[those who saw me speak to the JASNA-NYC branch in May, please hold your fire, and keep the secret of the answer until I disclose it tomorrow, so as to give others a chance to try to figure it out]
What is the connection among the following three seemingly completely unrelated bits of Austeniana?
#1: my recent string of posts about my speculation, based on the intersection of textual evidence from _Emma_ and _MP_, on the one hand, and from historical data, on the other, that the young Phila Austen may have been a prostitute in London from age 15 to 20, before she was transported by ship--whether voluntarily or not--to India.
#2: The following charade attributed to Henry Austen:
“I with a Housemaid once was curst,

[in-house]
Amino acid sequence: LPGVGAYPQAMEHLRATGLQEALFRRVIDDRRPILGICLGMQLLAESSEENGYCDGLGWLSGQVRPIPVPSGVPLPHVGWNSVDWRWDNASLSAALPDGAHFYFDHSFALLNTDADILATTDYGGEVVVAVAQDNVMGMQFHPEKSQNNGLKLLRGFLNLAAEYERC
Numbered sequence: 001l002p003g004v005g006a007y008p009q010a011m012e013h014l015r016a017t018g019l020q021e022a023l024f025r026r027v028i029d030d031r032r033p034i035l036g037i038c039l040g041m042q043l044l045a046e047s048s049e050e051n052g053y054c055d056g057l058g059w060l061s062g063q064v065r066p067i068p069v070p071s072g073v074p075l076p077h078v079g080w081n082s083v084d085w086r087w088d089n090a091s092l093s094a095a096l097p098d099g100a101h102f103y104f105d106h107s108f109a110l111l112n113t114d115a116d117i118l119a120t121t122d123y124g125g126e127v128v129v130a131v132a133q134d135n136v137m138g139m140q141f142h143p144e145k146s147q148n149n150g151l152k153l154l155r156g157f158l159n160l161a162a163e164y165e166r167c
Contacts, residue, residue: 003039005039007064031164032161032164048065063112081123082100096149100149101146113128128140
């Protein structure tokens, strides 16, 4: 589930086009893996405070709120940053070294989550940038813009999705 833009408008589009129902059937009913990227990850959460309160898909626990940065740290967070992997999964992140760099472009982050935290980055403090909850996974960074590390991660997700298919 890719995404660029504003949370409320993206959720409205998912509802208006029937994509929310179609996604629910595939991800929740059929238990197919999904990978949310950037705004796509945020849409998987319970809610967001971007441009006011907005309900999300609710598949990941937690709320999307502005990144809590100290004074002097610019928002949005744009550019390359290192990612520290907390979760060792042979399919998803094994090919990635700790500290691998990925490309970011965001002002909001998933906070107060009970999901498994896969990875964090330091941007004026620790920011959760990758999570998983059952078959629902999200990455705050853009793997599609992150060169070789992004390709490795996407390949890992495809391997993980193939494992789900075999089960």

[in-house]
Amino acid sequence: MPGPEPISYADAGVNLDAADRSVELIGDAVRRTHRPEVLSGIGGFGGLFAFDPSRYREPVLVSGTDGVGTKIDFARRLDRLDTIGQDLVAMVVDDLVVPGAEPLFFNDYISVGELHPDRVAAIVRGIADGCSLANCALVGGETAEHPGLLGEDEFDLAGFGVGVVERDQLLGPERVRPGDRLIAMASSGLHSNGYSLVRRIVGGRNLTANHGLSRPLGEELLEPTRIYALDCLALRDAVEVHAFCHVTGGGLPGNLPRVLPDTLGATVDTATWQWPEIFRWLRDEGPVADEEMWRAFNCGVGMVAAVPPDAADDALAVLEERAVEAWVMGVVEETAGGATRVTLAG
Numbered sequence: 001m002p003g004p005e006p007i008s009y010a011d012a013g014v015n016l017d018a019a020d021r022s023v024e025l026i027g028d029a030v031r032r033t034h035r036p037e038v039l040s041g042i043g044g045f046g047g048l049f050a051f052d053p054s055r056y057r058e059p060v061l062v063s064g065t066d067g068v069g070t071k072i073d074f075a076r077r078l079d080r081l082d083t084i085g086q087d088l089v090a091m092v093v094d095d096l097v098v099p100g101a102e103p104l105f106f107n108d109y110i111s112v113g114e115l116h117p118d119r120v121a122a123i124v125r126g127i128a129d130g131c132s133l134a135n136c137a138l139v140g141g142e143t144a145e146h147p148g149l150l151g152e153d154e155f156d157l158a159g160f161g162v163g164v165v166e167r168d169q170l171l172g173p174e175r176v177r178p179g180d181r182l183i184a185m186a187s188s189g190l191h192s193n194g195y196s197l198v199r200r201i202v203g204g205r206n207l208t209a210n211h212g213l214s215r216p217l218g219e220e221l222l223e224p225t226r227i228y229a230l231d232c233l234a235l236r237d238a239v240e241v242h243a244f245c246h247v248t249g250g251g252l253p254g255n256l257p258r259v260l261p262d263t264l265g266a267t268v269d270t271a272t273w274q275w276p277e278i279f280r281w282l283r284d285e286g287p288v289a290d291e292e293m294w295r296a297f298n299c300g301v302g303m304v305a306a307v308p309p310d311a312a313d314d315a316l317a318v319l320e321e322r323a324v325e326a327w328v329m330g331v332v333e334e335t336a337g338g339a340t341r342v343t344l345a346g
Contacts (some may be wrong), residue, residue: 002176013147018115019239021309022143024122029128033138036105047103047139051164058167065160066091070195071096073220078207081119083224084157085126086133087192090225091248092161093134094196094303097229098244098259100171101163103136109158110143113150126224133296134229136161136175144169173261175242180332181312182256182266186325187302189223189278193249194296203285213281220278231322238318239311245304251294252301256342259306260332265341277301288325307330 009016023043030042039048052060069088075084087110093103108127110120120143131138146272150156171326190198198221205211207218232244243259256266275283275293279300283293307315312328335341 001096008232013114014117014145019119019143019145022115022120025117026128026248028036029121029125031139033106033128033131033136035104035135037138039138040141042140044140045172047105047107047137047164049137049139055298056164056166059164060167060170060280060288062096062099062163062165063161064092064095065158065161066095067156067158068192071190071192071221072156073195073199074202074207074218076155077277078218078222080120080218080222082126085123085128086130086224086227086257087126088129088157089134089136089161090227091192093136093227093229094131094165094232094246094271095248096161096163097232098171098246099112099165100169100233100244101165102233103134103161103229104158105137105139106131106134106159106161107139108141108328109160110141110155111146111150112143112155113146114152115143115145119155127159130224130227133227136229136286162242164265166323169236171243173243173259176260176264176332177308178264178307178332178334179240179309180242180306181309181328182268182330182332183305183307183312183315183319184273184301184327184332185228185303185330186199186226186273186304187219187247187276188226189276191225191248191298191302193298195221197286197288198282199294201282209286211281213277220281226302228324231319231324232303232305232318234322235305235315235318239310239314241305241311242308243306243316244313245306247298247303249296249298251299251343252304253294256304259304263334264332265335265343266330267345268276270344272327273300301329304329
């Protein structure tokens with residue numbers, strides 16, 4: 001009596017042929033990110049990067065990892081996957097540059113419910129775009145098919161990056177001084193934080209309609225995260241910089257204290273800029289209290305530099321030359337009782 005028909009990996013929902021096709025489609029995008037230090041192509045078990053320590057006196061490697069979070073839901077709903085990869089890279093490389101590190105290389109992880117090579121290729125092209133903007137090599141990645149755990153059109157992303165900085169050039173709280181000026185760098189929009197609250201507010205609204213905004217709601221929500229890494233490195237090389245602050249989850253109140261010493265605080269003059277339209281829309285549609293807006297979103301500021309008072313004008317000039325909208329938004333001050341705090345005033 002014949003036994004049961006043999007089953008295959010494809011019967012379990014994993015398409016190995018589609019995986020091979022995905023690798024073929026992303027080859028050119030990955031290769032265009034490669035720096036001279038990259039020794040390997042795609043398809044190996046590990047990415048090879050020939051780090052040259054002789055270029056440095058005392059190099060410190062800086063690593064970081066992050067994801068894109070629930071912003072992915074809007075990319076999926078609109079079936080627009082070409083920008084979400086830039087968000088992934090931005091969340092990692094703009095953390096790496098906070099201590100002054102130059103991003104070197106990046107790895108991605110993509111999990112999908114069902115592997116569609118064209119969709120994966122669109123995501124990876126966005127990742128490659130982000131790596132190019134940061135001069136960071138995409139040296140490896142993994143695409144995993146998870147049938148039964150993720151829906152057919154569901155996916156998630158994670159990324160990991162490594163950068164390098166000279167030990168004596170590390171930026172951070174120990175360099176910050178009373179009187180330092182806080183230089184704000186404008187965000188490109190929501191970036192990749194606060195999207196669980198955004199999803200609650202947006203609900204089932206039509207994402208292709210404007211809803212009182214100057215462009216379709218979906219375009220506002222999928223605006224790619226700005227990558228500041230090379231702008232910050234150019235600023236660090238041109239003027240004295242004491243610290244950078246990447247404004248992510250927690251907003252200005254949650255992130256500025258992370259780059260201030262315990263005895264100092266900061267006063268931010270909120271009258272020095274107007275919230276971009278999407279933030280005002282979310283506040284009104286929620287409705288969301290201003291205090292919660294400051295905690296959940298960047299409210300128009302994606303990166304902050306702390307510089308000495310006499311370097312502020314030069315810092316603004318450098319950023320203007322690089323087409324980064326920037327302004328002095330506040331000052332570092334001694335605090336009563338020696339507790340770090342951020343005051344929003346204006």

Whose name when shortened makes my first;
She an ill natured Jade was reckoned,
And in the house oft raised my second,
My whole stands high in lists of fame,
Exalting e’en great Chatham’s name.”
The answer given by David Selwyn for this charade is "pat" + "riot" = "patriot". As the online expression goes, ymmv, i.e., your mileage may vary. _My_ mileage _does_ vary! Hint: think about the names of the housemaids in _Emma_.
#3: The following two passages in _Emma_ which pertain to the family of the lawyer of Highbury:
Ch. 26: "The party was rather large, as it included one other family, a proper unobjectionable country family, whom the Coles had the advantage of naming among their acquaintance, and the male part of Mr Cox's family, the lawyer of Highbury."
Ch. 27: [Harriet]: “...The Coxes were wondering last night whether [Jane] would get into any great family. How did you think the Coxes looked?......They talked a great deal about [Robt. Martin], especially Anne Cox... Miss Nash thinks either of the Coxes would be very glad to marry him."
...[Emma] "She meant to be impertinently curious, just as such an Anne Cox should be."
My answer, and explanation, will be posted tomorrow morning EST--bonne chance!
1 week ago